Who Needs Me and Who is Trying to Get Out of Class?

Posted by: Jennifer Morrison on June 11, 2015 8:17 am

I have been a counsellor in elementary, middle and high school for 15 years now. Over those years I have dealt with a lot of students who truly needed my help. They come in with their hearts on their sleeves looking for ways to heal a wound that most people do not even see. I am glad to help these students not because it is my job but because it is what I love to do. It feels good to know that I have helped another person who may have otherwise suffered the pain of family chaos, abuse, neglect, anxiety, depression, etc.

Some students will see me for a few days until the problem lessens (issue with friends, anxiety over a test) and others will see me for longer periods of time (major family issues, personal difficulties). Sometimes you can get an idea of how often or how long you will see a student based on the issue and how they are able to cope. Some students are very resilient and learn how to pick up the pieces and move on quickly. Others need more time to work through issues, or perhaps they have no other means of support and I become the only person who they are comfortable talking to. I am here for all of my students, whether the problem is big or small.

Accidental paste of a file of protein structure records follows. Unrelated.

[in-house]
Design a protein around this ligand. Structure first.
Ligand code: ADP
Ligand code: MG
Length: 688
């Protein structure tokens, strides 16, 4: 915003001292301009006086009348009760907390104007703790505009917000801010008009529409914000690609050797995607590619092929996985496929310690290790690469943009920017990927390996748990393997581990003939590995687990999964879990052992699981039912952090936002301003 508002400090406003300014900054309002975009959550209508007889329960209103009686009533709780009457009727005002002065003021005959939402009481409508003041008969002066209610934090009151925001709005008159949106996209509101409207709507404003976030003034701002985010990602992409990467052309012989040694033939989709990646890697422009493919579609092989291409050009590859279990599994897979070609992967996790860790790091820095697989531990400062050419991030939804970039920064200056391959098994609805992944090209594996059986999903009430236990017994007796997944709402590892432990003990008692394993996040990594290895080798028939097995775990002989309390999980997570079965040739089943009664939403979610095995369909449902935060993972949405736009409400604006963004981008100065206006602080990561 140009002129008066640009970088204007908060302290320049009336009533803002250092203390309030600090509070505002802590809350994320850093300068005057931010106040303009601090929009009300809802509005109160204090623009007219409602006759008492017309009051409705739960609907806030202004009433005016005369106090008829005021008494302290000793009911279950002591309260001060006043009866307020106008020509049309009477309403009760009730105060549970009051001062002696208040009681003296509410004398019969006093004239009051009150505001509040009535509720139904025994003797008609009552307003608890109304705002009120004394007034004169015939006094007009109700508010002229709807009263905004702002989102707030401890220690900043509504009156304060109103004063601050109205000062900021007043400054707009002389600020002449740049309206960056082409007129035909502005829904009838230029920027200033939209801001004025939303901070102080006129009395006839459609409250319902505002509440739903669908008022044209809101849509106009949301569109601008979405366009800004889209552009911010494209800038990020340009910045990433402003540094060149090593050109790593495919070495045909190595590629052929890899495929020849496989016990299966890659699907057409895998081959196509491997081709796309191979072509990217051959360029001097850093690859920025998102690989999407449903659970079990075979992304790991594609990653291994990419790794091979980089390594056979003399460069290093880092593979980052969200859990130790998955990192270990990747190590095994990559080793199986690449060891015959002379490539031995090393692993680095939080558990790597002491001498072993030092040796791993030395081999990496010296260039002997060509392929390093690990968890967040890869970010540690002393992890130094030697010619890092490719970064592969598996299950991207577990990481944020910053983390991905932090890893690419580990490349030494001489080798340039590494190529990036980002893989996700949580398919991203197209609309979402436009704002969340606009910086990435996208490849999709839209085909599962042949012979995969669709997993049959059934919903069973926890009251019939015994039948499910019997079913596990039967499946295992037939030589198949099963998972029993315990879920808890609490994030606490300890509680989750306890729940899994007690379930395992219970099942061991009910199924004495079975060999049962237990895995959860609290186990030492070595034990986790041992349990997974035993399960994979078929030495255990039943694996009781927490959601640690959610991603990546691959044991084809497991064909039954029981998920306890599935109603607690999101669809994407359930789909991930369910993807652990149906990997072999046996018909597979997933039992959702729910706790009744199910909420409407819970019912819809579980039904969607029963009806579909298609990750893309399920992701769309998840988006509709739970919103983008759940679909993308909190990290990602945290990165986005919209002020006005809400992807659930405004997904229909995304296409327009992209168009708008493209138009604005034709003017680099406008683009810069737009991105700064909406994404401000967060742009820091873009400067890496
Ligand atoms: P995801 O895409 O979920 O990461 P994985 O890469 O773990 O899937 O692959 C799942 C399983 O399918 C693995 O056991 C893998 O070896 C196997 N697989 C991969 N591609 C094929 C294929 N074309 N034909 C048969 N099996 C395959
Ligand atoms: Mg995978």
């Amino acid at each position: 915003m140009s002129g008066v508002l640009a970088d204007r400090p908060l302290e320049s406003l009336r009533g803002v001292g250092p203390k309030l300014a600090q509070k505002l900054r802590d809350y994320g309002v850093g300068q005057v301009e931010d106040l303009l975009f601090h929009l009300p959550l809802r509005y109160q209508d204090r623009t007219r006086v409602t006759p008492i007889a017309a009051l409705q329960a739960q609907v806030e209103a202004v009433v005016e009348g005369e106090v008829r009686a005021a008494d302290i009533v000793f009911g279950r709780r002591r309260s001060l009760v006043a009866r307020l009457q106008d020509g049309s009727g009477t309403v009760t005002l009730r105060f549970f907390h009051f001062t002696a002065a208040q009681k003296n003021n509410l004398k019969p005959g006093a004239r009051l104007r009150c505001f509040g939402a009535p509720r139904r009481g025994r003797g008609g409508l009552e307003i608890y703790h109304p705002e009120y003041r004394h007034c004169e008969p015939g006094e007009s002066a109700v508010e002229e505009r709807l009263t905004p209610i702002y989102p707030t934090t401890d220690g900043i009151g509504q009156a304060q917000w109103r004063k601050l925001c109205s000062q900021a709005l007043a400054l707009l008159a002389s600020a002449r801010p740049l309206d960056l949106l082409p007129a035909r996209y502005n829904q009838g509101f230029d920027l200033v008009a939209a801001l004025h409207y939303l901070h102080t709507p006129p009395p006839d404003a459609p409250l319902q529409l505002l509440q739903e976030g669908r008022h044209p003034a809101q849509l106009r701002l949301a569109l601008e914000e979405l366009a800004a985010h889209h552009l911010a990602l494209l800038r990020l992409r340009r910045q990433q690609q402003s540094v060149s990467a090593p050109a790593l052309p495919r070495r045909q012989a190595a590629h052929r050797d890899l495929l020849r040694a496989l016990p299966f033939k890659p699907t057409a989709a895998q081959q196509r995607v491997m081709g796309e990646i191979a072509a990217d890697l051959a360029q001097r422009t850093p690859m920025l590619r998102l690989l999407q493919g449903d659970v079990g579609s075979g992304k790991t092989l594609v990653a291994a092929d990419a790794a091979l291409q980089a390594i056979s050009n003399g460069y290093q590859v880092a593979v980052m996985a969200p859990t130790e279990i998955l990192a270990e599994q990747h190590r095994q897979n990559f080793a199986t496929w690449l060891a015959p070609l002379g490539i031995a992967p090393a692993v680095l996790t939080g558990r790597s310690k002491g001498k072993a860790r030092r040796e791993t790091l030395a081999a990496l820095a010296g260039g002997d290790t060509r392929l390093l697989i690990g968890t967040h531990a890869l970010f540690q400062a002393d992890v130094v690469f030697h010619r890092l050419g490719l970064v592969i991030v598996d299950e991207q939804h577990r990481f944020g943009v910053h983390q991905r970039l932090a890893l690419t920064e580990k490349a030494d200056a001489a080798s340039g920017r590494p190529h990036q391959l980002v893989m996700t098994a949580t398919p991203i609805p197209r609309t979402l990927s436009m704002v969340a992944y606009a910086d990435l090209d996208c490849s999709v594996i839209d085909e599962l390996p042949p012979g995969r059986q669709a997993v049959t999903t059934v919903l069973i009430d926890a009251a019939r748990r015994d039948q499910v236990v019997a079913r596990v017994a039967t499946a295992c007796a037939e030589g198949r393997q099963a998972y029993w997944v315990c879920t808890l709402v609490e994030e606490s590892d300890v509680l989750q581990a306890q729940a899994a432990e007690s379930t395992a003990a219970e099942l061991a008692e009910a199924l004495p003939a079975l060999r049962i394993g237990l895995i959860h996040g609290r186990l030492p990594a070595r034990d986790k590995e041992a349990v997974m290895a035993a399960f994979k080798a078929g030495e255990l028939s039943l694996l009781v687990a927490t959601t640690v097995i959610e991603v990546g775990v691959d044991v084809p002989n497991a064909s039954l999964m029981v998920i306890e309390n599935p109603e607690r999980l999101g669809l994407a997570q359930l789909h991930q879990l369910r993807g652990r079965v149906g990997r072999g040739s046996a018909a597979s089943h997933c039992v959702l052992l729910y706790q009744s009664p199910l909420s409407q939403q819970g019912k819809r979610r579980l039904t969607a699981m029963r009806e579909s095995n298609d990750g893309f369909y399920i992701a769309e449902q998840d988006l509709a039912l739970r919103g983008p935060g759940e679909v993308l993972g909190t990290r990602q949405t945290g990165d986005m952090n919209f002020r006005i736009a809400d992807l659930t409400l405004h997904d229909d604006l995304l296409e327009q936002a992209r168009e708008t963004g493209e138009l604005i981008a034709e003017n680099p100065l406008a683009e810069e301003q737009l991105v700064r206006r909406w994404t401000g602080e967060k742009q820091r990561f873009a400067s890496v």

I have some students who come to me and it really seems that they are in need of my services. They come to me with a variety of issues, often friend or family related and do not seem to know how to deal with even the smallest of issues. A sort of learned helplessness has set in and it is sometimes down to me to work with them to build resilience, strength and confidence. Again, this is something I love to do and consider it an important part of my job. To help someone build confidence is vital to man-157201_640my role as a guidance/school counsellor.

There is however, one aspect of my job that is often very frustrating. Students who create issues that do not exist just to come to the guidance office and get out of class. I have had students exaggerate family problems, create friendship issues and start drama within the school, just as an excuse to get out of class. The problem is that it is my responsibility to make sure there really is or is not an issue that needs to be addressed. To simply deny them access to my services sets a bad example for me and destroys my ability to build trust and rapport with them. I am sure I am not the only counsellor who has seen clients/students who truly are only there to waste time. The question is, how do we turn down services without negatively affecting any future counselling relationship you may have with that person?

*The views expressed by our authors are personal opinions and do not necessarily reflect the views of the CCPA

Leave a Reply

Your email address will not be published. Required fields are marked *